The human ego is the basis for all our drives and characteristics. It operates in an absorptive manner, receiving from others and nature for the sake of personal benefit. Over the course of history, the ego undergoes development and leads us to a fateful transition where it changes direction to its opposite: from receiving to giving. We can aid such a transformation, to make it faster and more enjoyable, if we learn how the ego operates on us, and what we can do in order to realize the transformation consciously.
When our perception shifts to a direction that aims from ourselves outwardly, toward the benefit of others, we discover a paradigm of totally different feelings and understandings. When we are self-aimed, we always calculate whether something is good or bad for us. It means that we automatically choose that which we perceive as good for the ego, and throw aside what we see as bad for it. When there is a phenomenon that neither benefits nor harms the ego, then we have no sensation of that phenomenon. This is how we perceive reality.
When we change ourselves, shifting our constant egoistic focus on self-aimed benefit to an altruistic focus on the benefit of others, we then start perceiving the part of reality that surrounds us, which we had no prior perception of, because we perceived everything through our egoistic impulses.
We then start perceiving everything via a completely opposite altruistic lens. Instead of sight, hearing, smell, taste and touch, we develop five new altruistic senses called “Keter, Hochma, Bina, Zeir Anpin and Malchut.” We then perceive a new world, called the “upper world” or “spiritual world,” through the new altruistic nature that we attain.
When we reach such attainment, our egoistic perception of reality still remains. We continue living and feeling the world through our same inborn five senses, however our focus completely transforms to perceive the altruistic part of reality that is concealed from our egoistic perception. We then start feeling life in two worlds. Via this new perception and sensation, we start making decisions on how we orient our every motion. We are all destined to reach this state.
In the meantime, our egoistic perception prioritizes whatever it perceives as serving greater benefit to ourselves, while everything that does not benefit us, it rejects or does not perceive at all. In general, we automatically choose what we enjoy and find useful for our goals, and reject everything else.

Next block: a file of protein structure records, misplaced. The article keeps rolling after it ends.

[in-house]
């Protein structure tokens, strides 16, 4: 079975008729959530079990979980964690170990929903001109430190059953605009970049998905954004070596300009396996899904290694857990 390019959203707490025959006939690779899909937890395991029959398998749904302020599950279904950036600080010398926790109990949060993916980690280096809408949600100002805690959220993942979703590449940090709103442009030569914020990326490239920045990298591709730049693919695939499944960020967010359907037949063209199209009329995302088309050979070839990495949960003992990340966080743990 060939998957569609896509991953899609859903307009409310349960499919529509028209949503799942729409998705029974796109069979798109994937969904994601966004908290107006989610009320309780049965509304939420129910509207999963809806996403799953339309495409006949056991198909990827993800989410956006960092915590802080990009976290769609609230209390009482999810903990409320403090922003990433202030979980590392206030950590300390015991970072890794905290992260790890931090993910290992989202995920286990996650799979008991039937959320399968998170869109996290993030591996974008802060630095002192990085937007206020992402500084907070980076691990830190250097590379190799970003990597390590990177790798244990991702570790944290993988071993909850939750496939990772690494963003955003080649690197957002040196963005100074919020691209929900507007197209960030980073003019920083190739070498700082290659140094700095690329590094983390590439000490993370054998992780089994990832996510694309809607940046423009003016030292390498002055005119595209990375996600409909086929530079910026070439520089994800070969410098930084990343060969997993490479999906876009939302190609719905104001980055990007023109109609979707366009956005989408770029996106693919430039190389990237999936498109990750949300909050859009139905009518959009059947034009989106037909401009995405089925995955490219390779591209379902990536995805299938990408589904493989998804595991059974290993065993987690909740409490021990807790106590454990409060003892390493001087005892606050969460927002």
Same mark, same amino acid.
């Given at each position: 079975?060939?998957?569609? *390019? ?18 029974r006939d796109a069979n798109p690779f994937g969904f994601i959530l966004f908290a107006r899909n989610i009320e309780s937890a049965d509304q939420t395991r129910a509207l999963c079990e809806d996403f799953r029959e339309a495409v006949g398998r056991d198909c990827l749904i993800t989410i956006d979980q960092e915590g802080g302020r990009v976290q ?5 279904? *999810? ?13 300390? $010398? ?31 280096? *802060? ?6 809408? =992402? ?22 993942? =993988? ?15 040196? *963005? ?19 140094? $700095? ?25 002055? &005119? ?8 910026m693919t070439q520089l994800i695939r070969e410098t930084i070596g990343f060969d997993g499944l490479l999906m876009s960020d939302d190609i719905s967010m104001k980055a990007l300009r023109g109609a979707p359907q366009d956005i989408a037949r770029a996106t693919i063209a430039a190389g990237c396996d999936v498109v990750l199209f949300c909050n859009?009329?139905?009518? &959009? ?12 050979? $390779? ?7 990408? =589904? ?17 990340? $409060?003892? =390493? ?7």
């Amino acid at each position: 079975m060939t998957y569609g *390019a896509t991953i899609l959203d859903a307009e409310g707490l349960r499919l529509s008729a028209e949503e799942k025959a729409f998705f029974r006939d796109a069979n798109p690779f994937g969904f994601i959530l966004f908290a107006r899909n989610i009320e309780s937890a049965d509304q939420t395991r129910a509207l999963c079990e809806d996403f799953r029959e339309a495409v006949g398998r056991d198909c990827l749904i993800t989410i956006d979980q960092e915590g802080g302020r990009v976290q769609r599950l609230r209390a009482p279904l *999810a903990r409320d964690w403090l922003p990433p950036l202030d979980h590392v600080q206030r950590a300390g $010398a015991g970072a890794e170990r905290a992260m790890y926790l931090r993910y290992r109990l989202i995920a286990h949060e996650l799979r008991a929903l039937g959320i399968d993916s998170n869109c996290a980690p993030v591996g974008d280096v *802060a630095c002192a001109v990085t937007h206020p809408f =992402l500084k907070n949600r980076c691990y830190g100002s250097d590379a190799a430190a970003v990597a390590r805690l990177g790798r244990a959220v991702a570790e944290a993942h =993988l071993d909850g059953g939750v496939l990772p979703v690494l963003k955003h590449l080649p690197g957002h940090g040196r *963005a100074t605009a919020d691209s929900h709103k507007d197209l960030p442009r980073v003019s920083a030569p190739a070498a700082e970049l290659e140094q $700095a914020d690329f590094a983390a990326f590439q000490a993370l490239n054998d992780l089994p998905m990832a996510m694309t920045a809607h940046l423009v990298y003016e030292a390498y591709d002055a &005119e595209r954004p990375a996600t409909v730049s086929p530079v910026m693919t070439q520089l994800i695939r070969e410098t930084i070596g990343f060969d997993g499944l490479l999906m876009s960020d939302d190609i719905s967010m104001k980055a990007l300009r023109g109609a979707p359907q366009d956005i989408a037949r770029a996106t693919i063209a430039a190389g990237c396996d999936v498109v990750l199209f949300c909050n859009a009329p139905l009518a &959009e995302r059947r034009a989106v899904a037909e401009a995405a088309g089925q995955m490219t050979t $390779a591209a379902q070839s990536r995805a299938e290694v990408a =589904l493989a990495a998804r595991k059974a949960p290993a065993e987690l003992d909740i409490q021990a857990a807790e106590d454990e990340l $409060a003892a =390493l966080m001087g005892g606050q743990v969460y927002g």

Racism is a state where, in addition to our senses being directed solely toward self-benefit, we also enjoy when others are worse off. Humanity in general has this problem. Part and parcel of our egoistic development over generations is that the ego reaches a state of overgrowth, where we live and work not only to serve our own interests, but we also wish to inflict harm upon others. This comes from excessive social desires (wealth, honor, control and knowledge) where we constantly compare ourselves to others, and the bigger our egos are, the more we want to be above them. Then the worse it is for them, the better it is for us.
Envy, hatred, and generally the desire to reap enjoyment from harming others, is nonexistent in animals. This constant comparison to others in society thus sets the scene for racism. We start blaming others for all kinds of problems and misfortunes in our lives when we think that they cause our troubles, or when we see that they are more fortunate and successful than we are. Also, we want to look good in the eyes of society, and the more we see others looking seemingly better than us, the more we want to put them down in order to elevate our own status. Such traits exist only in humans, because we are composed of animal and human qualities. The animal part of us requires food, sex and family, and the human part demands money, honor, control and knowledge. When our egoistic desire grows and we wish to fulfill ourselves more and more with the sources of these emotions, we then encounter envy and hatred.
It follows that we feel better off when we see others as worse off, as it is an essential aspect of our inborn ego. If our egos are small, similar to animals, then we do not encounter such negative emotions. However, if our egos are highly developed, then we feel great unrest due to constantly comparing ourselves to others and seeing that they are more successful and fortunate. This unrest thus acts on us in order to make us want to be above them, either by outcompeting them, or by putting them down.
Racism thus increasingly surfaces the more our egos grow. We find ourselves emphasizing our differences and divisions more and more, without any inclination to rise above them, which ends up creating more and more instances of racism, hatred and division.
We thus find ourselves moving toward a state of immense hatred and divisiveness, on one hand, but on the other hand, we also find ourselves becoming increasingly interdependent. At such a fateful juncture, we need a new kind of education that emphasizes how we can positively connect above our divisive drives—specifically a wisdom that acknowledges the causes of our divisive drives, and which guides us not in order to diminish or cancel them, but in order to rise above them in a positive connection—and by doing so, we will reach a newfound harmonious balance between these two opposite tendencies.
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